Stress Incontinence & Athletes

Man suffering from urinary incontinence

When OSR physical therapist Elizabeth Johnston was in high school, she heard firsthand from her fellow dancers on the dance team about the frustrations over leaking while jumping. It was embarrassing to talk about and it seemed no one wanted to discuss it at all. After all, when it comes to the involuntary loss of urine, everyone assumes it’s a bladder problem. The stigma around incontinence is unfortunate, being either associated with an aging problem or a bladder control problem. Yet, many athletes, especially female athletes, experience stress incontinence, and it has nothing to do with their age, bladder control, or if they’ve gone through childbirth.

“Stress incontinence is the involuntary loss of urine from physical exertion,” says Johnston. “When I was a dancer and saw many of my fellow dancers experience the problem, I thought there wasn’t anything to be done to help them. Now, however, as a physical therapist, I know that physical therapy can actually help with this and so much more.”

Incontinence is a problem that widely affects women, but its impact is even more substantial when it comes to physical activity as well as age. When you’re only 17 years old, perfectly healthy in the prime years of your physical health, and have never been pregnant or given birth, stress incontinence can be confusing, not to mention embarrassing to discuss. Yet, you should discuss it because there are ways to treat incontinence with physical therapy.

What Is Incontinence?

According to the Mayo Clinic, urinary incontinence is the unintentional loss of urine having nothing to do with psychological stress. Furthermore, it has nothing to do with the urge or lack thereof, a condition diagnosed as Urge Incontinence (UUI). While general incontinence can happen at any time from anything, stress incontinence is specific to movement:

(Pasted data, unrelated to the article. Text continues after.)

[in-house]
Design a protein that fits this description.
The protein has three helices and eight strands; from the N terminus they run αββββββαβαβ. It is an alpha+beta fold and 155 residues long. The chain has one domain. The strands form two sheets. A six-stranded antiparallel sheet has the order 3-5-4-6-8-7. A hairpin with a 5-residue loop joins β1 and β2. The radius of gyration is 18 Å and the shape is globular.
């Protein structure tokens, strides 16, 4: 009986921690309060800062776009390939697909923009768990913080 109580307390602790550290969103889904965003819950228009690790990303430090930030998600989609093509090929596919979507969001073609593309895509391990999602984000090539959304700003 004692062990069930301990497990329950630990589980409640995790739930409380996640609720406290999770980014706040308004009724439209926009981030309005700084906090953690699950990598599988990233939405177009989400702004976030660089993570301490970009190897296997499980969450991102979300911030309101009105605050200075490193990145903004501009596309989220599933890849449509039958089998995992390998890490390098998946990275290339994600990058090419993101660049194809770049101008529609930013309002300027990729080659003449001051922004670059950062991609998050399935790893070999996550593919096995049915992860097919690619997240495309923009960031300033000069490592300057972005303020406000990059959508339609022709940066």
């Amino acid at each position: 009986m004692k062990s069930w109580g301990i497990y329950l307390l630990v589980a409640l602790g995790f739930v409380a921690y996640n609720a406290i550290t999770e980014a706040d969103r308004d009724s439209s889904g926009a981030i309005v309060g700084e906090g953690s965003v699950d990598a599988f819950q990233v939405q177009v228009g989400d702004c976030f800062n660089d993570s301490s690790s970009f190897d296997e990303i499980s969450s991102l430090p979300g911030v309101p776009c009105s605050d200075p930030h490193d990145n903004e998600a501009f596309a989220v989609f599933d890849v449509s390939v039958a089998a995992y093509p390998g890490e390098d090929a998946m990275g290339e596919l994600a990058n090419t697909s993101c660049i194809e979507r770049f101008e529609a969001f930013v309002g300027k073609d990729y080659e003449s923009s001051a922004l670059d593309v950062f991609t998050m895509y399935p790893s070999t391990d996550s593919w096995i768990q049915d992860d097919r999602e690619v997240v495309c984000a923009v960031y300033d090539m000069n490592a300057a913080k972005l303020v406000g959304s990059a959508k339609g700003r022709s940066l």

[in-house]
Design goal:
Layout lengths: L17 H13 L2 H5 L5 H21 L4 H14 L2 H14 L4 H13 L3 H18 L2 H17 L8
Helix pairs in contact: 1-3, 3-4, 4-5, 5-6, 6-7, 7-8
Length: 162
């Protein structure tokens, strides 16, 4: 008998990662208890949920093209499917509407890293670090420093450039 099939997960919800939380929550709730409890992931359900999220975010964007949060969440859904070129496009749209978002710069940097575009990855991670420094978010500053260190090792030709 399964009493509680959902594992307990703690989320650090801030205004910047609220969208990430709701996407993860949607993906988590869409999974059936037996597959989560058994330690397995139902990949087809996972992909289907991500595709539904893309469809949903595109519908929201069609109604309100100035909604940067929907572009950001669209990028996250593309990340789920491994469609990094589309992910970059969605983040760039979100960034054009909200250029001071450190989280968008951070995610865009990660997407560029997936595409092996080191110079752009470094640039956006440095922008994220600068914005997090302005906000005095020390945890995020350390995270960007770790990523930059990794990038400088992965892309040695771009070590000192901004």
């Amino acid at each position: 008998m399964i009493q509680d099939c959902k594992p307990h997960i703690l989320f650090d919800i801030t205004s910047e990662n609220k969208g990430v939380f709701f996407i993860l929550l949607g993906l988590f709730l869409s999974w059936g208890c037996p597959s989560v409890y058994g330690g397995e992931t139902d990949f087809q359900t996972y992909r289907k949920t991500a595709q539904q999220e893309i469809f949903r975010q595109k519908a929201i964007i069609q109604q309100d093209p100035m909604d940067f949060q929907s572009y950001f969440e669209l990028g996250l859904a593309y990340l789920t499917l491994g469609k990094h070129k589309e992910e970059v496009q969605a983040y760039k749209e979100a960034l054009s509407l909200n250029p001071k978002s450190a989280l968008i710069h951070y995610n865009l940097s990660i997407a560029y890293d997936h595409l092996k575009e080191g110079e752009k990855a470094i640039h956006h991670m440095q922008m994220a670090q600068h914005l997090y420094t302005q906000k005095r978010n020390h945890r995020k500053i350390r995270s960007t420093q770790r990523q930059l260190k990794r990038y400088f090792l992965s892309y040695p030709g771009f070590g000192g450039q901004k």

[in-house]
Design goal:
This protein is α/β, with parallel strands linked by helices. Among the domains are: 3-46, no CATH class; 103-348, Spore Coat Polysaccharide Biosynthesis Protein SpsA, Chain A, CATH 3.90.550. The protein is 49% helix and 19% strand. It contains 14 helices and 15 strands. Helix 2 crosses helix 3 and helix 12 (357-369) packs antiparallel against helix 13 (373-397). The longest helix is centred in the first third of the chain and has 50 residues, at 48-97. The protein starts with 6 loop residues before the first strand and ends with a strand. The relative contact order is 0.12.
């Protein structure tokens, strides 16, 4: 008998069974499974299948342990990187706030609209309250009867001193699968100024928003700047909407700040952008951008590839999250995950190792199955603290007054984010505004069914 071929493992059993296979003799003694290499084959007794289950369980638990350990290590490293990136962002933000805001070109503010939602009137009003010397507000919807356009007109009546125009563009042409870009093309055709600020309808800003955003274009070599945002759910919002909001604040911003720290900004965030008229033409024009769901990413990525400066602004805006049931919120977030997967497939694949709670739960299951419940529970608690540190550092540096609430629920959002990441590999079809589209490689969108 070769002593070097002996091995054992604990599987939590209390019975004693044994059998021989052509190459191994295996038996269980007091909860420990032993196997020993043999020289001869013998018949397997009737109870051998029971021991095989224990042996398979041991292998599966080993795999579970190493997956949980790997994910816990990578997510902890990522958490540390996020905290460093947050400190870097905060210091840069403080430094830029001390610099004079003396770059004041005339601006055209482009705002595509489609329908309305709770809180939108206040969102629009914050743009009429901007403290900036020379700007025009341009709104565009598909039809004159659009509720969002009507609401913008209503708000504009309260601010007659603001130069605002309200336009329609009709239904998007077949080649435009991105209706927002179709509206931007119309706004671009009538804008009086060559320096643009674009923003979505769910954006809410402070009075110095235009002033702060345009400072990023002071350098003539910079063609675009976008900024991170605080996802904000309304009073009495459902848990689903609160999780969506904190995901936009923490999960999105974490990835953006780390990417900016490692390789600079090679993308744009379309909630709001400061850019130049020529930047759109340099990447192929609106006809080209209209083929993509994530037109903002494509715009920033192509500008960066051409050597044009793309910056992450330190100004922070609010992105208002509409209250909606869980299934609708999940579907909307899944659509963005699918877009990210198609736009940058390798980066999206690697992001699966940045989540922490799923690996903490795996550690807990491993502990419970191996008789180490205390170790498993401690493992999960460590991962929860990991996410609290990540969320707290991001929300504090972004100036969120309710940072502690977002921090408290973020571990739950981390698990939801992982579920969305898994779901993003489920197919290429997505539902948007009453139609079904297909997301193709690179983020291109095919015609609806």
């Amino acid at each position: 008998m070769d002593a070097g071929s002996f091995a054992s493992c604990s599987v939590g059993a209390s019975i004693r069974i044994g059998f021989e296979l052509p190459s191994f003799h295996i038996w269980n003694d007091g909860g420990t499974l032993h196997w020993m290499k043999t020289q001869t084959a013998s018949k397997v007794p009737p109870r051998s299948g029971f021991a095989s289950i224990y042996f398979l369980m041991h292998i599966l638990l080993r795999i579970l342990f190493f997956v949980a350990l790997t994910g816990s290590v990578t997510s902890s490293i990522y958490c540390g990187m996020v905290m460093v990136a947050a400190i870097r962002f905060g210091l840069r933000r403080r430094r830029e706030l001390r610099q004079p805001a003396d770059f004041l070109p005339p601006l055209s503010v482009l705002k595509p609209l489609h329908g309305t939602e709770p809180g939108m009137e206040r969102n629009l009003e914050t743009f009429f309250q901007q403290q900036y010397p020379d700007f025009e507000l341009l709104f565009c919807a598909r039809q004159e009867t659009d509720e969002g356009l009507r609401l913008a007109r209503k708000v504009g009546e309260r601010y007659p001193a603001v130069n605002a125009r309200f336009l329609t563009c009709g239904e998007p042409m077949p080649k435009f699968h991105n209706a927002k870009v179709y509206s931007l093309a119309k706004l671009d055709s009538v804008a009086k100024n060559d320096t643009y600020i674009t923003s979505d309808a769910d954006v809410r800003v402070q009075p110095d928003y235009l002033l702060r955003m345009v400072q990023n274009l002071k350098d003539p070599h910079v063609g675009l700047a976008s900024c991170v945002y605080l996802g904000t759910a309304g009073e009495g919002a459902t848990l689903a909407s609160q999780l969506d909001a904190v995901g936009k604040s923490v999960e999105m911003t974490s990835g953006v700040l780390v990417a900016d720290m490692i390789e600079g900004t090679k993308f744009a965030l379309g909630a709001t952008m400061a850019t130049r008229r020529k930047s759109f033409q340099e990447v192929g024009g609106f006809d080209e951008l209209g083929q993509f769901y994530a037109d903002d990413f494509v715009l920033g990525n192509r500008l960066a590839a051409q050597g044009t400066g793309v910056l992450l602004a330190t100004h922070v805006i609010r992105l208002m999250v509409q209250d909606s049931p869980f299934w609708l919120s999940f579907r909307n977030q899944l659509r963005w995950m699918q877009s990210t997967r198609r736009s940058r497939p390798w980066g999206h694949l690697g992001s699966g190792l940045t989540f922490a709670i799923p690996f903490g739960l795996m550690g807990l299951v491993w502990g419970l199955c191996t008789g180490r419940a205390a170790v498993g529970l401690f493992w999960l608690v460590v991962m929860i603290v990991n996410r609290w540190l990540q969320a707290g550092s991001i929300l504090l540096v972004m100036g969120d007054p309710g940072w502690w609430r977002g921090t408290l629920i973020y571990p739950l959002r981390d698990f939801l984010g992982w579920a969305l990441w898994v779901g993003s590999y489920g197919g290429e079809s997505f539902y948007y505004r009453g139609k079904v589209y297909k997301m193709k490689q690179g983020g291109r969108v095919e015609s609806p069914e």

Stress incontinence happens when physical movement or activity — such as coughing, sneezing, running, or heavy lifting — puts pressure (stress) on your bladder.

Incontinence, in general, can manifest itself through stress or urgency, but they are treated differently.

Stress Incontinence In Female Athletes

Stress incontinence affects more than just female dancers. Many runners suffer from it, as well as gymnasts, basketball players, and tennis players, among others. It’s so prevalent among female athletes that studies estimate about 47% of exercising women suffer from it, while 25-28% of high school and collegiate athletes have also experienced the problem. The numbers increase even more drastically to 60-80% among those sports that require intra-pelvic pressure like gymnastics, dancing, and figure skating.

With incontinence being so prevalent among female athletes at any life stage, many women think it’s normal. Yet, it’s completely not normal, says Johnston.

“Pelvic problems like stress incontinence are common, yes, but they are not normal,” Johnston said. “There’s something that can be done about it and people shouldn’t have to live with that.”

This is especially the case for young athletes. The biggest factors that put you at risk of stress incontinence are physiology (or anatomy), training that requires repeated heavy lifting, or high-impact sports.

Treatment And Management Options

If stress incontinence is not related to your anatomy, there are many treatment options. However, physical therapy is one of the most effective and non-invasive treatment options. If your incontinence is due to your activity, strengthening your pelvic muscles is the best way to treat the condition.

The point of physical therapy is to improve life by strengthening the appropriate muscles. In the case of incontinence, targeting the pelvic region will help stabilize the area. By stabilizing and strengthening the pelvic muscles, you can prevent leakage. This method of treatment gets your pelvic region to function properly.

Athletes will go to physical therapy to recover from an injury, manage pain, or prevent an injury. Dealing with incontinence should be no different. There’s no need to just live with it, says Johnston, when we can give you a treatment option that leaves you living a better quality of life and gets you back to what you love without being uncomfortable.